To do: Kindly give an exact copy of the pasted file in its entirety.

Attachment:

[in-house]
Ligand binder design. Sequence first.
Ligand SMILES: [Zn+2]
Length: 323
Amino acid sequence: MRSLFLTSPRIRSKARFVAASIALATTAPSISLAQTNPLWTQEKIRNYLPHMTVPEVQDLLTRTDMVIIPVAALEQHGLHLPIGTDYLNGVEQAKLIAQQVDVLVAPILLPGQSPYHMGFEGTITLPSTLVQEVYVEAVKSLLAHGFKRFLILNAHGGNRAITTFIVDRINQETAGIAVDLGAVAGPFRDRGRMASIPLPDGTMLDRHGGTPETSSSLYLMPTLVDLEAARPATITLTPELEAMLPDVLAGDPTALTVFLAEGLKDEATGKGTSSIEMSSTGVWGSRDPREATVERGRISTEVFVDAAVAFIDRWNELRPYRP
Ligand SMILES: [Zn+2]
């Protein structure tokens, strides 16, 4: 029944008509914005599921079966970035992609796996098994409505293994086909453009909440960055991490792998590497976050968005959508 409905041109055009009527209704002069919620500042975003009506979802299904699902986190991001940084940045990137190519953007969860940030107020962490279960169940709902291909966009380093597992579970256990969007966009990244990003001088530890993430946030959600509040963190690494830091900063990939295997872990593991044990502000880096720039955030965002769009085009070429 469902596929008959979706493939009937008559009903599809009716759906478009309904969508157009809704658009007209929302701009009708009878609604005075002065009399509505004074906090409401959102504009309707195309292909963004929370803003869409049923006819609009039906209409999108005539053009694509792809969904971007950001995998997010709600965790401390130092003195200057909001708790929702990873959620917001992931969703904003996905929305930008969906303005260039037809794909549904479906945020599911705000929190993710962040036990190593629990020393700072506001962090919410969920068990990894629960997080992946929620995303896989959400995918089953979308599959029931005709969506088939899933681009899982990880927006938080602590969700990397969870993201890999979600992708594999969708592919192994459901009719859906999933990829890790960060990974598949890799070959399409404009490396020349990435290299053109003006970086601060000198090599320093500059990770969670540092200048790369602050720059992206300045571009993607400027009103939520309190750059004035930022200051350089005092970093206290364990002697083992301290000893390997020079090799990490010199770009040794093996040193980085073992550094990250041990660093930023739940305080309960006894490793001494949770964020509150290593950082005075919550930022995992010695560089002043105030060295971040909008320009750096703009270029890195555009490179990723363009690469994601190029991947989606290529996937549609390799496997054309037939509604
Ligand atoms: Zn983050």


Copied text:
[in-house]
Ligand binder design. Sequence first.
Ligand SMILES: [Zn+2]
Length: 323
Amino acid sequence: MRSLFLTSPRIRSKARFVAASIALATTAPSISLAQTNPLWTQEKIRNYLPHMTVPEVQDLLTRTDMVIIPVAALEQHGLHLPIGTDYLNGVEQAKLIAQQVDVLVAPILLPGQSPYHMGFEGTITLPSTLVQEVYVEAVKSLLAHGFKRFLILNAHGGNRAITTFIVDRINQETAGIAVDLGAVAGPFRDRGRMASIPLPDGTMLDRHGGTPETSSSLYLMPTLVDLEAARPATITLTPELEAMLPDVLAGDPTALTVFLAEGLKDEATGKGTSSIEMSSTGVWGSRDPREATVERGRISTEVFVDAAVAFIDRWNELRPYRP
Ligand SMILES: [Zn+2]
């Protein structure tokens, strides 16, 4: 029944008509914005599921079966970035992609796996098994409505293994086909453009909440960055991490792998590497976050968005959508 409905041109055009009527209704002069919620500042975003009506979802299904699902986190991001940084940045990137190519953007969860940030107020962490279960169940709902291909966009380093597992579970256990969007966009990244990003001088530890993430946030959600509040963190690494830091900063990939295997872990593991044990502000880096720039955030965002769009085009070429 469902596929008959979706493939009937008559009903599809009716759906478009309904969508157009809704658009007209929302701009009708009878609604005075002065009399509505004074906090409401959102504009309707195309292909963004929370803003869409049923006819609009039906209409999108005539053009694509792809969904971007950001995998997010709600965790401390130092003195200057909001708790929702990873959620917001992931969703904003996905929305930008969906303005260039037809794909549904479906945020599911705000929190993710962040036990190593629990020393700072506001962090919410969920068990990894629960997080992946929620995303896989959400995918089953979308599959029931005709969506088939899933681009899982990880927006938080602590969700990397969870993201890999979600992708594999969708592919192994459901009719859906999933990829890790960060990974598949890799070959399409404009490396020349990435290299053109003006970086601060000198090599320093500059990770969670540092200048790369602050720059992206300045571009993607400027009103939520309190750059004035930022200051350089005092970093206290364990002697083992301290000893390997020079090799990490010199770009040794093996040193980085073992550094990250041990660093930023739940305080309960006894490793001494949770964020509150290593950082005075919550930022995992010695560089002043105030060295971040909008320009750096703009270029890195555009490179990723363009690469994601190029991947989606290529996937549609390799496997054309037939509604
Ligand atoms: Zn983050």